Companies and individuals debating whether to self-report wrongdoing to the CFTC should know that they can get a significant reduction in their penalty for doing so, said CFTC Enforcement Director James McDonald. In a new episode of CFTC Talks, a podcast series, McDonald emphasized that Division of Enforcement views self-reporting as an important enforcement tool and that the CFTC is not trying to play “gotcha.”
Since his appointment in March, McDonald has overseen several major CFTC enforcement resolutions involving reduced penalties for self-reporting and other cooperation. In the interview hosted by Chief Market Intelligence Officer Andy Busch, McDonald also discussed his career experiences, including his work as an Assistant U.S. Attorney in the Southern District of New York and law clerk to Chief Justice John Roberts, Jr.
New emphasis on cooperation. According to McDonald, the CFTC is constantly thinking about how to give companies and individuals the right incentives to comply with the law while holding people who violated the law accountable. Over the past few months, the CFTC has highlighted the value of cooperation generally, including self-reporting, remediation, and other measures.
In January, the agency issued two advisories on cooperation, discussing factors considered in providing cooperation credit to companies and individuals. In June, trader David Liew was able to completely avoid a civil monetary penalty for spoofing and manipulation in the gold and silver futures markets by providing “substantial assistance” to the Division. Later that month, the CFTC entered into its first-ever Non-Prosecution Agreements (NPAs) with two former Citigroup traders who provided “timely and substantial cooperation” relating to their spoofing misconduct.
Earlier in August, McDonald noted that a $600,000 penalty imposed against The Bank of Tokyo-Mitsubishi for spoofing was a “substantially reduced penalty” in exchange for self-reporting and other cooperation.
Self-reporting considerations. McDonald made several points about self-reporting:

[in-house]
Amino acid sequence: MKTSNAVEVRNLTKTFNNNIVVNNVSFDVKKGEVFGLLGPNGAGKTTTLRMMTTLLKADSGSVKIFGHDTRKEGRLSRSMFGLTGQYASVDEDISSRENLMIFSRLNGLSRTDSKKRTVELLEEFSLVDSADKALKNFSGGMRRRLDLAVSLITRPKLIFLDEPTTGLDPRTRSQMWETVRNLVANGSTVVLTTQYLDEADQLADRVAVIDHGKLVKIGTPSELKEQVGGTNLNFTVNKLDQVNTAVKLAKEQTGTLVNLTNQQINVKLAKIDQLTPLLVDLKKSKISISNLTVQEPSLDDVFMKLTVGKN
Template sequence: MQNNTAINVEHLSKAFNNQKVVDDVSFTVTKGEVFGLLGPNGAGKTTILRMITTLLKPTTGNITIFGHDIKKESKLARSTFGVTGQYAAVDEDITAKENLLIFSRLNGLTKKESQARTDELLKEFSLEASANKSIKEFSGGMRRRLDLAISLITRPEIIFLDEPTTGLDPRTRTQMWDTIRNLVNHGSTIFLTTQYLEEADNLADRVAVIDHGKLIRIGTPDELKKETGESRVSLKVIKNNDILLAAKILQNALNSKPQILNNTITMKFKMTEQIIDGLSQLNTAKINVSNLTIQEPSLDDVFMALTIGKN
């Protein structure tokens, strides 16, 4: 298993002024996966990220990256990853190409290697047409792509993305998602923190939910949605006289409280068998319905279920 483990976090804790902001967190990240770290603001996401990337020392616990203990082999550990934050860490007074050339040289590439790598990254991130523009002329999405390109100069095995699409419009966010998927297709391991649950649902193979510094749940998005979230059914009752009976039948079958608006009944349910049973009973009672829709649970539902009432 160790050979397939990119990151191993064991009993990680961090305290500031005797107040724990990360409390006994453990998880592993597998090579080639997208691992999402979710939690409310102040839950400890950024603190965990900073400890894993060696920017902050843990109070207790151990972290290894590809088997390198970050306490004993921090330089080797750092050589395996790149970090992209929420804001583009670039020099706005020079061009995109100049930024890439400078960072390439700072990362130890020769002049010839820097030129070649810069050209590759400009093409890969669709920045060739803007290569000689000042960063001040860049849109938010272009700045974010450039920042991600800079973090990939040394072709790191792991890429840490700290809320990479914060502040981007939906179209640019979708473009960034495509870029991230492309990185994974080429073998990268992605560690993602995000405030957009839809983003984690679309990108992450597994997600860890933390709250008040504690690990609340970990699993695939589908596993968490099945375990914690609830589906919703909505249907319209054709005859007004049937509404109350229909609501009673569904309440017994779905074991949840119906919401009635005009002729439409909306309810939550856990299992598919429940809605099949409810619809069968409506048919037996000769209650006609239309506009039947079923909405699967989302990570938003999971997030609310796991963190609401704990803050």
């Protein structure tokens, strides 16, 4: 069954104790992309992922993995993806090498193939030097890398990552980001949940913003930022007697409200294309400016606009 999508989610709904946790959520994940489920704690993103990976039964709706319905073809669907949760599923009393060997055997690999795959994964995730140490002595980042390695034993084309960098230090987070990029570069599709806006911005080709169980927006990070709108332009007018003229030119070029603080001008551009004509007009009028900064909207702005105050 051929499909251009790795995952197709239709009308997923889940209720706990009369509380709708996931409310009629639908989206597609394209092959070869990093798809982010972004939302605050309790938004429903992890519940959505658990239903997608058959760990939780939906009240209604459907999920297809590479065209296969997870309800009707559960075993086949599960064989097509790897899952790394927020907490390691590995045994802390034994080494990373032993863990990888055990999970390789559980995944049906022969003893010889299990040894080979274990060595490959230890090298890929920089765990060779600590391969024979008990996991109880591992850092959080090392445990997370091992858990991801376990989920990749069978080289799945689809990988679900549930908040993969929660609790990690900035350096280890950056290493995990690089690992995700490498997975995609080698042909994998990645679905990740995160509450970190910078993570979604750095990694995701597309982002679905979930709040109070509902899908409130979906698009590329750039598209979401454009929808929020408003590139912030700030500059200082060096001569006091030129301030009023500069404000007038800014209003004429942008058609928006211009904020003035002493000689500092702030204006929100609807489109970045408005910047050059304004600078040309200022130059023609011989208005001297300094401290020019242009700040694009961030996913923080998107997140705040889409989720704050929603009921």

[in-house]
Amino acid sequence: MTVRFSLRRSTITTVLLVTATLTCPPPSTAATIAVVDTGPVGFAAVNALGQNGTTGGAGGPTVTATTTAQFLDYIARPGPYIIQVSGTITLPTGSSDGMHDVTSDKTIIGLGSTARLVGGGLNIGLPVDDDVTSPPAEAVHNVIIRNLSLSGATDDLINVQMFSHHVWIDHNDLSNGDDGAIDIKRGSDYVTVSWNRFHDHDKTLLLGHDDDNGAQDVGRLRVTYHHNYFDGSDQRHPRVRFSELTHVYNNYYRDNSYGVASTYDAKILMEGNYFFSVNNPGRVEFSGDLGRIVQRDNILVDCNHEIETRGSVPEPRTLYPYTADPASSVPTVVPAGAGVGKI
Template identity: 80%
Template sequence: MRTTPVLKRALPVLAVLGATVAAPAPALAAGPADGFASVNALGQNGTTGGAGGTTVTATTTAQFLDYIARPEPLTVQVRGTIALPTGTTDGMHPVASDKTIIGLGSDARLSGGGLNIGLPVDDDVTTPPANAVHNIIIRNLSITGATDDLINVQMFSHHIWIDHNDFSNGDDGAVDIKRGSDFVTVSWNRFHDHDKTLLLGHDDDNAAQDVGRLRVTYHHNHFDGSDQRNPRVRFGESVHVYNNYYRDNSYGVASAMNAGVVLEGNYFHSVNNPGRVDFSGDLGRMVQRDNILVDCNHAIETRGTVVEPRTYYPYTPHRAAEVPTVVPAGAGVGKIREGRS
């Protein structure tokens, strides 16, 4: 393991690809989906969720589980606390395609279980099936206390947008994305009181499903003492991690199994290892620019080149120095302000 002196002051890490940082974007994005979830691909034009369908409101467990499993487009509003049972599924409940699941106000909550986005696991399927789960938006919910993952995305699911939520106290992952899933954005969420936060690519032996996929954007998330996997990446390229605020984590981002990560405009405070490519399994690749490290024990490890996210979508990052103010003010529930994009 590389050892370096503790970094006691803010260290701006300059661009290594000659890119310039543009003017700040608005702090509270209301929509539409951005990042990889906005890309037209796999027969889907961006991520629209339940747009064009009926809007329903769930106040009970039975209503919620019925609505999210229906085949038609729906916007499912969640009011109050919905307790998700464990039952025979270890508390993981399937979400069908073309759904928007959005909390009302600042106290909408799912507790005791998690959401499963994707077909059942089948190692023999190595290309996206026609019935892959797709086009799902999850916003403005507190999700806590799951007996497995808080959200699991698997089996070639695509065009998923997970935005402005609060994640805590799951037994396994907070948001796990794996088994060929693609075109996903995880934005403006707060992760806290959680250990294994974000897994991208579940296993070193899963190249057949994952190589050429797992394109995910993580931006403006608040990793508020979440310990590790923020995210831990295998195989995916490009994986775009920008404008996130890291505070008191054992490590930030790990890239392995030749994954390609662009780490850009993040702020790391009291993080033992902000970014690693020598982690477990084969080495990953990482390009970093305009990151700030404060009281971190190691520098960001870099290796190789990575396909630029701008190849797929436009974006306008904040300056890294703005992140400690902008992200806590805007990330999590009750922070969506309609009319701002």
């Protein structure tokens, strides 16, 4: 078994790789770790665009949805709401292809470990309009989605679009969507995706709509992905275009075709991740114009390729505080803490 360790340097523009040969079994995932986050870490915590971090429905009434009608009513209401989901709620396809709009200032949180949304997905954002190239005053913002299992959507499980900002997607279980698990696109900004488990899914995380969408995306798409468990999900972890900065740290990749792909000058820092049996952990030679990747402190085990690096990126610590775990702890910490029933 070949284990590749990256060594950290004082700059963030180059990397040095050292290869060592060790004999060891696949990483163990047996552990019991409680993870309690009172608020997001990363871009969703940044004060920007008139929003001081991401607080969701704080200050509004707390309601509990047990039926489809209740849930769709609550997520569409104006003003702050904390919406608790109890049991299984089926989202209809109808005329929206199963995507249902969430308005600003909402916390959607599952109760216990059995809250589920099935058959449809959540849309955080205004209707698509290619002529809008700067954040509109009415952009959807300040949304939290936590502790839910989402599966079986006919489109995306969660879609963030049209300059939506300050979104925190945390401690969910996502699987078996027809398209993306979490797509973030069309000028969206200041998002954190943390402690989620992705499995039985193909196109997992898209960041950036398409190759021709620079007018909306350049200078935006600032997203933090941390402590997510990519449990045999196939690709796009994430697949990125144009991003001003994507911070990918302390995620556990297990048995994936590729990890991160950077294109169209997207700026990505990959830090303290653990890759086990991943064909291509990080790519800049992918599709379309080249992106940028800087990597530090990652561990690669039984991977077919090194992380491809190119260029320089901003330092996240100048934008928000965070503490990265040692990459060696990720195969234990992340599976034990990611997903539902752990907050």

- The CFTC is not trying to play “gotcha” with self-reporting. If the company tells the CFTC about nine violations and they go in and find a tenth violation, the CFTC will not necessarily deny self-reporting credit.
- It is okay if the company is not sure it has identified all the wrongdoing at the time of the self-report. As long as the company “stays in the self-reporting and cooperation lane,” it’s fair to expect a real benefit “on the back end.”
- It has to be a “real” self-report. “It can't be that you'd self-reported to one agency, one law enforcement agency, or you were required to self-report it under the law, or you had some public disclosure requirement under some other legal provision. You have to actually come in and self-report, and say here's the wrongdoing that we've identified,” said McDonald.
- Part of self-reporting and cooperation means identifying other areas or others who were involved in the wrongdoing. Not everybody will necessarily get a free pass. Just because the CFTC gives an individual or company self-reporting credit doesn’t mean they won’t go after other individuals or companies involved.
Keeping an open mind. For the CFTC’s part, McDonald observed that because government lawyers have a tremendous amount of power and discretion, it is particularly important for them to be open to new information that might affect their view of a case. Although it would be inefficient to constantly rethink the approach to a case, government lawyers need to consider every question with clear eyes and not get “dug in.”
“So if you're an assistant U.S. attorney, and you're investigating a case, and you're on the eve of trial, but you get new information that would make you think about the case differently, you can't be dug in just because you're on the eve of trial,” said McDonald. “You’ve got to resist that temptation.”
“I think a lot of people would be very glad to hear that,” said Busch.